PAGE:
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K9 for Heisman: Can it still happen?

Kenneth Walker III is the nation's best tailback. Is that enough to win the Heisman Trophy?

Through ten weeks of the 2021 season, Michigan State tailback Kenneth Walker III was the frontrunner for the Heisman Trophy – college football’s most prestigious individual award.

Then, the Spartans traveled to Columbus on Nov. 13 for a Top 10 showdown with Ohio State. With all the college football world watching, Walker was limited to six carries for 25 yards by the Buckeyes – and his coaching staff.

It’s fair to label Walker’s minimal performance against Ohio State as ‘circumstantial’. The tailback had been dealing with an ankle injury, which head coach Mel Tucker pointed out following the game. In addition, Michigan State's defense allowed the Buckeyes to score at will, and the game was out of hand early with the Spartans trailing 21-0 after the first quarter, and 49-0 at halftime.

So, were the limited touches for Walker due to his injury, or due to the game situation?

That question hasn’t been answered one way or another, but regardless, the tailback’s no-show in one of the biggest games of the year severely impacted public perception of his Heisman candidacy.

But should that lone game derail what has been an outstanding season for college football’s best tailback?

Walker bounced back from the Ohio State game with a strong performance against a very good Penn State defense. Against the Nittany Lions, the Spartan tailback ran for 138 yards on 30 carries with a touchdown.

Onlookers wanted Walker to have his “Heisman moment” against Ohio State – but the transfer from Wake Forest had already turned in his moment, in Week 9 against archrival Michigan.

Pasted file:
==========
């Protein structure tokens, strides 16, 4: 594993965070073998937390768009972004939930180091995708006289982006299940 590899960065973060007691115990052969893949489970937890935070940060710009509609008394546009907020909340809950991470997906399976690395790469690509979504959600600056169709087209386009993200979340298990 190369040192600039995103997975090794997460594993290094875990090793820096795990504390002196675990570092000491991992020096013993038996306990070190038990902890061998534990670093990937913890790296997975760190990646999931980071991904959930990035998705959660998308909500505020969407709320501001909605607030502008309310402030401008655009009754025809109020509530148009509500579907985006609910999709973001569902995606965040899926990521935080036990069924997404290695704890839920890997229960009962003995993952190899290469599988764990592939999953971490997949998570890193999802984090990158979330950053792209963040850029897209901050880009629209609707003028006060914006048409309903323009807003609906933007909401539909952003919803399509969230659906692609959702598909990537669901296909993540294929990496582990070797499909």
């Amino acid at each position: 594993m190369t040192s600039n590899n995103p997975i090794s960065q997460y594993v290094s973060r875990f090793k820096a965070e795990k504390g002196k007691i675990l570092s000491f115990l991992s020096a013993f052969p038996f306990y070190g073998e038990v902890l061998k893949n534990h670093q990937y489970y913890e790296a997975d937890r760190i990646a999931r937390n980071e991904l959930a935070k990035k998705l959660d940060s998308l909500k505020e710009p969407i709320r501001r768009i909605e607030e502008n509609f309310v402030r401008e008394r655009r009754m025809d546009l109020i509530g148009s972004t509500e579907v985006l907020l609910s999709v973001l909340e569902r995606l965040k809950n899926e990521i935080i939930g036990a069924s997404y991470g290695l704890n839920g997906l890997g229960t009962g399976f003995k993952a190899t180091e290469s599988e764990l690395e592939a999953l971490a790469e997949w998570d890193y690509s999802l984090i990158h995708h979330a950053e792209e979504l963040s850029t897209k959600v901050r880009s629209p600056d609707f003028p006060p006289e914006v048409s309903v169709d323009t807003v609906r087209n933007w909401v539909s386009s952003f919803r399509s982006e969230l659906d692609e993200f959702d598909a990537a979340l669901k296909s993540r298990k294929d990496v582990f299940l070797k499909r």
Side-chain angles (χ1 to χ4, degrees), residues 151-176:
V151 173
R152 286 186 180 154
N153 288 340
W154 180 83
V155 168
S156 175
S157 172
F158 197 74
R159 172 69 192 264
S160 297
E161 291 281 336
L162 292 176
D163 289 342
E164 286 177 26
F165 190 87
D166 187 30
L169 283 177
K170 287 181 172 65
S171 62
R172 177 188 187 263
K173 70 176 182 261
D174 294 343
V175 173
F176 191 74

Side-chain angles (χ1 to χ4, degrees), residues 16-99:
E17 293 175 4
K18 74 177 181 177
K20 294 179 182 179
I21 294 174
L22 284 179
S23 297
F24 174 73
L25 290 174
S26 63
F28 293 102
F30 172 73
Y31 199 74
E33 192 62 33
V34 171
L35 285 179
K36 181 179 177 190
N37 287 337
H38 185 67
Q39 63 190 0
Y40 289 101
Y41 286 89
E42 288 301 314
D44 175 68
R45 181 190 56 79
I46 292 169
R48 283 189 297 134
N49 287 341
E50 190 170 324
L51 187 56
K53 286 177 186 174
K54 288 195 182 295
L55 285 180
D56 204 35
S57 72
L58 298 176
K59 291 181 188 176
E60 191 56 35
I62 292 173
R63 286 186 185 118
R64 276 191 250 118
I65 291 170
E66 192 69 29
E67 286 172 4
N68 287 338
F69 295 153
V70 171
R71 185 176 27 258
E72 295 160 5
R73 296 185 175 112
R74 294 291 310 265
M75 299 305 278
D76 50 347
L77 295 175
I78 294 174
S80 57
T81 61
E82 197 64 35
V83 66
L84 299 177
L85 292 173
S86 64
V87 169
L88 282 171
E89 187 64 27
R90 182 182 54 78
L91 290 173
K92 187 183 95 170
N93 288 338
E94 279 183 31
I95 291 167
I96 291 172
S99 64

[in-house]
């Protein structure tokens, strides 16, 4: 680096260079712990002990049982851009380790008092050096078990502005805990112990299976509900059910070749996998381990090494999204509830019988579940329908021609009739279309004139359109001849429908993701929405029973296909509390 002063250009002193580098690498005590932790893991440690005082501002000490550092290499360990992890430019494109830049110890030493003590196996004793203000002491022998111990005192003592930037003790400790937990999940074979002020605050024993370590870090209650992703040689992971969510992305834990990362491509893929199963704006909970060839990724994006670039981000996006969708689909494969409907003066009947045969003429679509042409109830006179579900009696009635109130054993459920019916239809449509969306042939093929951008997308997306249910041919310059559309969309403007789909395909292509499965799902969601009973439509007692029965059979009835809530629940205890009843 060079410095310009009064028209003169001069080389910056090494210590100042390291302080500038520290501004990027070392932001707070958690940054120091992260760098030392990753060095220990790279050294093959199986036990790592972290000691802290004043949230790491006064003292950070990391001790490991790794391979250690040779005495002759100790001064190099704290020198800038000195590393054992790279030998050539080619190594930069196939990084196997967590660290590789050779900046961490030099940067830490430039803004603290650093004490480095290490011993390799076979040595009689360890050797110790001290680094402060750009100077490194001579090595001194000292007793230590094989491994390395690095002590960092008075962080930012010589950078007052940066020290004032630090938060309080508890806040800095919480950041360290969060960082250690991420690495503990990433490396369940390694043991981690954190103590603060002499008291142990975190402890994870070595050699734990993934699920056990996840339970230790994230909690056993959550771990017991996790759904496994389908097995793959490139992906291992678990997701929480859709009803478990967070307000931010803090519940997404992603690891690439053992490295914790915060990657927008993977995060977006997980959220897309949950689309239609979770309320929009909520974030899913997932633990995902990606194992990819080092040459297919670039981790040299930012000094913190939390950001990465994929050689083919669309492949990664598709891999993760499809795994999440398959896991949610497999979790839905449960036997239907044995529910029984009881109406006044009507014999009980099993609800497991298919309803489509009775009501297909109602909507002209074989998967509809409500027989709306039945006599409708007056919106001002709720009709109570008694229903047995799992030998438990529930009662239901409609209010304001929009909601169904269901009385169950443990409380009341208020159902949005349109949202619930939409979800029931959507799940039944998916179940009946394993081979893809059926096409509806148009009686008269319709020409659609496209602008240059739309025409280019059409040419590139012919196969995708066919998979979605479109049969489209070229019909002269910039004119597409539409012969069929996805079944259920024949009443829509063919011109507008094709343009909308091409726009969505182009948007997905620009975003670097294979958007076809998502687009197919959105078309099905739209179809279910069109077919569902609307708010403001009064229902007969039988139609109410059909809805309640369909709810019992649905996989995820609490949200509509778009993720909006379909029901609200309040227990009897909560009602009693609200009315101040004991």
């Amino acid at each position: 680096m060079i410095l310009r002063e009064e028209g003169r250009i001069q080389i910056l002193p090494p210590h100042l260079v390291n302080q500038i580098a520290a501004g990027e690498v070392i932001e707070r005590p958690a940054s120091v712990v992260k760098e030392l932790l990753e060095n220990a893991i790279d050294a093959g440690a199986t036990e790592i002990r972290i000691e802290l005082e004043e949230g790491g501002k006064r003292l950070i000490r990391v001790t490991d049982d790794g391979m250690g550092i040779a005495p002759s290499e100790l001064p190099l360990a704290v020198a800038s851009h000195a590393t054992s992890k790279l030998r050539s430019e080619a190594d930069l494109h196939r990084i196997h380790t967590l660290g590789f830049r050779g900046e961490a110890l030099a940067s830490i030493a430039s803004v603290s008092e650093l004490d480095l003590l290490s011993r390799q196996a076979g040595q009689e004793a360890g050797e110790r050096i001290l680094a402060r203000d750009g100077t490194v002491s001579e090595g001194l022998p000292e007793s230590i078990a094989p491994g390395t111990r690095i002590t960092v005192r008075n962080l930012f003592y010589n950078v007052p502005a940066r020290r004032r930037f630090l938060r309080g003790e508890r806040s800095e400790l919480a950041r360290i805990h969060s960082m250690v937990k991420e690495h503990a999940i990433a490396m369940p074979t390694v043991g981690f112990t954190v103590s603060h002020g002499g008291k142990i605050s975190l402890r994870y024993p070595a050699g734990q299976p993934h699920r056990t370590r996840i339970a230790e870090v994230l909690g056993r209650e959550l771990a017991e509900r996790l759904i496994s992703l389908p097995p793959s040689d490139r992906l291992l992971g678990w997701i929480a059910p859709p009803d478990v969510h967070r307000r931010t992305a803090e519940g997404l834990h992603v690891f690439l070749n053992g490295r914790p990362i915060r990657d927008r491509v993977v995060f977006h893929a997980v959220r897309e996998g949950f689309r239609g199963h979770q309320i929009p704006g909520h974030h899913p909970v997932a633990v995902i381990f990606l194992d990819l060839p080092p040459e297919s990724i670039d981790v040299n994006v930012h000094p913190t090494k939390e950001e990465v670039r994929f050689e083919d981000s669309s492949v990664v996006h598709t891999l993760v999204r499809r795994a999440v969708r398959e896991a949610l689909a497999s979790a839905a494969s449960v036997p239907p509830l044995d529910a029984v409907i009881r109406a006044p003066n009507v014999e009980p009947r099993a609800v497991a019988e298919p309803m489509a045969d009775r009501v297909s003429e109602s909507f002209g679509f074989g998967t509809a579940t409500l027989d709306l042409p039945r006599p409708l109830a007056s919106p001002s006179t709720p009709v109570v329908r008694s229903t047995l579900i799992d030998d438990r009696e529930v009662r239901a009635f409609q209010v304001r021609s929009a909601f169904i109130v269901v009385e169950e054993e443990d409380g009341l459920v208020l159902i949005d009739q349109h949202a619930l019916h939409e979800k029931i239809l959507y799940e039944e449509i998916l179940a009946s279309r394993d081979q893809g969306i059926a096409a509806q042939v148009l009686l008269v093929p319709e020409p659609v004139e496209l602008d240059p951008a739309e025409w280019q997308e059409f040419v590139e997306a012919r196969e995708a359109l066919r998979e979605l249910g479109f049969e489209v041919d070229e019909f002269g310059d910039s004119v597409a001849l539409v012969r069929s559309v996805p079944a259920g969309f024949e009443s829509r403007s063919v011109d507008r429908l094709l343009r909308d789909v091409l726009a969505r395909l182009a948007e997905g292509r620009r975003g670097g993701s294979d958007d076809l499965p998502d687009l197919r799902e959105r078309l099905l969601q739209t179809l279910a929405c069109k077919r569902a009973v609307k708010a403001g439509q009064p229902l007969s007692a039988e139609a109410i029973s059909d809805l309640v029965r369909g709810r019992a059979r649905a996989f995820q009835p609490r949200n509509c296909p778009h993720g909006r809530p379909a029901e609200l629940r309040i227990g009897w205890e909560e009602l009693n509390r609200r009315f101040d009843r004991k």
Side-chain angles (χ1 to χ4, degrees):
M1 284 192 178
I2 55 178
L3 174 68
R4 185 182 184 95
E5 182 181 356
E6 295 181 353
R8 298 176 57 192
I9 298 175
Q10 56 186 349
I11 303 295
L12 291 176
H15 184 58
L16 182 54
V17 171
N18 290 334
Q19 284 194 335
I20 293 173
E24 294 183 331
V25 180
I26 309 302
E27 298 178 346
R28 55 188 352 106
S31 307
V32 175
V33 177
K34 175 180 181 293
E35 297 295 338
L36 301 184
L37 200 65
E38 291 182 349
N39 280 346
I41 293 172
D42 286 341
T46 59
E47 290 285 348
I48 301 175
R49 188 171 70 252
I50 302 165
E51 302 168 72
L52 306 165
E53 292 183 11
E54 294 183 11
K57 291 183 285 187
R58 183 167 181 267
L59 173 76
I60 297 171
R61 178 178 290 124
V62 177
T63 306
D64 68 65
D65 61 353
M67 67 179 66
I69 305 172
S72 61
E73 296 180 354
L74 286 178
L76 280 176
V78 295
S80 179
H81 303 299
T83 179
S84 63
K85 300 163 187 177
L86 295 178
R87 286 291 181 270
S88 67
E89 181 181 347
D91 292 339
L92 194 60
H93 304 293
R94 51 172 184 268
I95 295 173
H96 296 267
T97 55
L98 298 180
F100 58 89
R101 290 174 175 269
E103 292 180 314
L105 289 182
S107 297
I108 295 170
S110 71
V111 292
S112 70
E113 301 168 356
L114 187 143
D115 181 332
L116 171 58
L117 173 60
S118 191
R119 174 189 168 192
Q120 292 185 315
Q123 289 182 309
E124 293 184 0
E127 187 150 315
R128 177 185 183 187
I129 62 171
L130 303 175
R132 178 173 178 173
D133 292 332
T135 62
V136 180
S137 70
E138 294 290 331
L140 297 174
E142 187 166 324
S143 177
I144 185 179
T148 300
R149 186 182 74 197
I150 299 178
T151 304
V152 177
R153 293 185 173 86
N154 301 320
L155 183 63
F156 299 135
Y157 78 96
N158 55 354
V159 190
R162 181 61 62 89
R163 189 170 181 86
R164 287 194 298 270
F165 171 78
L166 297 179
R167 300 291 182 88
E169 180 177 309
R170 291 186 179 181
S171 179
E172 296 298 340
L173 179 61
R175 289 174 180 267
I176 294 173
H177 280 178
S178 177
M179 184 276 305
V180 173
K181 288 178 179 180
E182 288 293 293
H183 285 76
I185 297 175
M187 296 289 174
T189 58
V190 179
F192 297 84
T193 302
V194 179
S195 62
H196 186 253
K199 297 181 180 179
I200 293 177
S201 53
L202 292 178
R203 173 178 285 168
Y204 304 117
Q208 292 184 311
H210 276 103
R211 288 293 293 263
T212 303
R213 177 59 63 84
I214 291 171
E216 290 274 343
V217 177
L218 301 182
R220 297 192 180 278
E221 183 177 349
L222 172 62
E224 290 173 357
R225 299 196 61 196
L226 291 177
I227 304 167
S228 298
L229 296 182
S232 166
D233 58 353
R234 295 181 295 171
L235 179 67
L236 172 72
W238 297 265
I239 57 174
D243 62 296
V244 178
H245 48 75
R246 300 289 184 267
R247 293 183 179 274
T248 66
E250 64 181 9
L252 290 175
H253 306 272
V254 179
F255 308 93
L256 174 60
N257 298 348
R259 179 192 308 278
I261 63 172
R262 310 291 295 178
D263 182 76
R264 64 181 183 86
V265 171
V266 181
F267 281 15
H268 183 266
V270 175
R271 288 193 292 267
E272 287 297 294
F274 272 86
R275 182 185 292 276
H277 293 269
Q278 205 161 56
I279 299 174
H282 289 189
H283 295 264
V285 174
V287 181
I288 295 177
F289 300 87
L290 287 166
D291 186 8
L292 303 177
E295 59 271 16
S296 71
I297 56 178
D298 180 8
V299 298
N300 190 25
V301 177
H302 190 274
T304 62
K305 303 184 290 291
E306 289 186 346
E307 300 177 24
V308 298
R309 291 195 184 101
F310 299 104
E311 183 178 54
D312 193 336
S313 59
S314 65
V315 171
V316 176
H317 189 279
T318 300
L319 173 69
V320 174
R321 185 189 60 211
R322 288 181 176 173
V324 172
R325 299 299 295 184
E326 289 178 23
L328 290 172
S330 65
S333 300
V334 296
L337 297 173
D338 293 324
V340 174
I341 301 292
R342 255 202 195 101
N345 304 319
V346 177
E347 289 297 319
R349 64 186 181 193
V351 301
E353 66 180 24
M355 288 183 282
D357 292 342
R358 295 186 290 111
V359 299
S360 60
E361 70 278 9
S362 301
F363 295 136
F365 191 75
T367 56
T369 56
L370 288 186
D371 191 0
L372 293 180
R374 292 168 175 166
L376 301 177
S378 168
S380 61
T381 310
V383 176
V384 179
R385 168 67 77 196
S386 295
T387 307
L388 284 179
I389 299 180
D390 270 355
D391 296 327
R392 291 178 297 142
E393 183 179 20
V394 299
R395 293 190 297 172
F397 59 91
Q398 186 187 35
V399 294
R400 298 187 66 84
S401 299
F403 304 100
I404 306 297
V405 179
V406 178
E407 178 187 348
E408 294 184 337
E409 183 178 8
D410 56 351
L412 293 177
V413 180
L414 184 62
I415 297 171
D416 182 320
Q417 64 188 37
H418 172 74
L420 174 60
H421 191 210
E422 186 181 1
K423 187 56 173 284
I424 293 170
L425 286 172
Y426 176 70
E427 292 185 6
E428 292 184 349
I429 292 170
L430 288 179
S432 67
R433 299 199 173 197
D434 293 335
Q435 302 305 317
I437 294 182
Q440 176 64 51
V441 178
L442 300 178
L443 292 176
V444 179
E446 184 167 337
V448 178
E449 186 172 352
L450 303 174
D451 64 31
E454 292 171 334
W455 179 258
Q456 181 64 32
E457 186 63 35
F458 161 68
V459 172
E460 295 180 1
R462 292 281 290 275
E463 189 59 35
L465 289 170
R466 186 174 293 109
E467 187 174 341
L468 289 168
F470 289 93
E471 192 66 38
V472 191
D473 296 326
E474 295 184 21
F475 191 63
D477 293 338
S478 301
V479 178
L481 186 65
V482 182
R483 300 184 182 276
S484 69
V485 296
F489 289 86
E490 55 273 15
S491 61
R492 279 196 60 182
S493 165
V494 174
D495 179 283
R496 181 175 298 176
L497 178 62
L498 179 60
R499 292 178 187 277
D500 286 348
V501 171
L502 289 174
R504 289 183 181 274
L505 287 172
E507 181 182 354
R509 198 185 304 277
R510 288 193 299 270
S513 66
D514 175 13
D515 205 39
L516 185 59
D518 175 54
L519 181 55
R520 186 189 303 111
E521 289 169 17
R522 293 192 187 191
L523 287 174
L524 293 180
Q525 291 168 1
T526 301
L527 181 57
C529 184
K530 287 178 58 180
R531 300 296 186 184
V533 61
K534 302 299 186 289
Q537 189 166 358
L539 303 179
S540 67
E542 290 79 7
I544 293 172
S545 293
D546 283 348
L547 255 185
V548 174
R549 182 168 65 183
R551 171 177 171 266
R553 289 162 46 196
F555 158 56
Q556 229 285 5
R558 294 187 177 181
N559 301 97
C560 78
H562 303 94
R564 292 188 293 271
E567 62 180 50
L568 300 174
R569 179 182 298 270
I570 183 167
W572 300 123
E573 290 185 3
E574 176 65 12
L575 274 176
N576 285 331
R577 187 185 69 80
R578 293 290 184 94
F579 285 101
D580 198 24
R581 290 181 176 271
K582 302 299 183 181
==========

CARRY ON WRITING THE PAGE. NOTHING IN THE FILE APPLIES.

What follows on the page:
How quickly onlookers, analysts and, potentially, voters forget the performance Walker had against the Wolverines, when he rushed for 197 yards on 23 carries with five touchdowns.

In Michigan State’s biggest game of the year, Walker delivered a historical performance and led the Spartans to an upset victory.

That’s a Heisman moment if there’s ever been one.

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For the season, Walker has collected 1,636 rushing yards on 263 carries, good enough to rank second and fourth nationally in those categories, respectively. The junior is averaging 6.2 yards per carry, which is tied for 26th in the country – but none of the 25 players with a better ‘per carry’ average have as many total carries as Walker.

Walker’s 18 rushing touchdowns are tied for the fifth-most in college football.

The Heisman Trophy, like many other individual awards, often comes down to statistical performance – but the player who wins it should exemplify more than just gaudy numbers.

The official moniker of the Heisman Trophy Trust is this:

“The Heisman Memorial Trophy annually recognizes the outstanding college football player whose performance best exhibits the pursuit of excellence with integrity. The winners of the trophy epitomize great ability combined with diligence, perseverance, and hard work.”

Walker hasn’t just had an outstanding statistical season. The junior tailback has been the best player on a 10-win Michigan State team and, according to some, has made the biggest individual impact on his team of any player in college football.

“I think Kenneth Walker is clearly the best player in college football,” ESPN’s David Pollack said before the Ohio State game. “If you took him off this team, they’re at least a three-loss team. He is that sensational. He’s got the ‘wow’ factor, he makes you miss. He can do everything.”

Pollack also said Walker was being overlooked as a candidate because he played for Michigan State, as opposed to a bigger name-brand school in college football.

“If Kenneth Walker played for Ohio State, or if Kenneth Walker played for Alabama or Georgia, he’d easily be No. 1 – Without a doubt,” Pollack said. “If he played for those other teams, he’d be the frontrunner.”

Obviously, Walker has stiff competition for the award. The newly-anointed favorite is probably Alabama quarterback Bryce Young, who’s thrown for 3,901 yards and 40 touchdowns with a completion percentage of 68.9 percent. Young has only thrown four interceptions.

Ohio State’s CJ Stroud is another leading candidate, having thrown for 3,862 yards and 38 touchdowns with a 70.9 completion percentage. Stroud has thrown five interceptions.

Currently, Walker is widely considered behind those two candidates, but with the Heisman-caliber performance against Michigan, and the season he has had as a whole, Walker should not be overlooked for college football’s most prestigious award.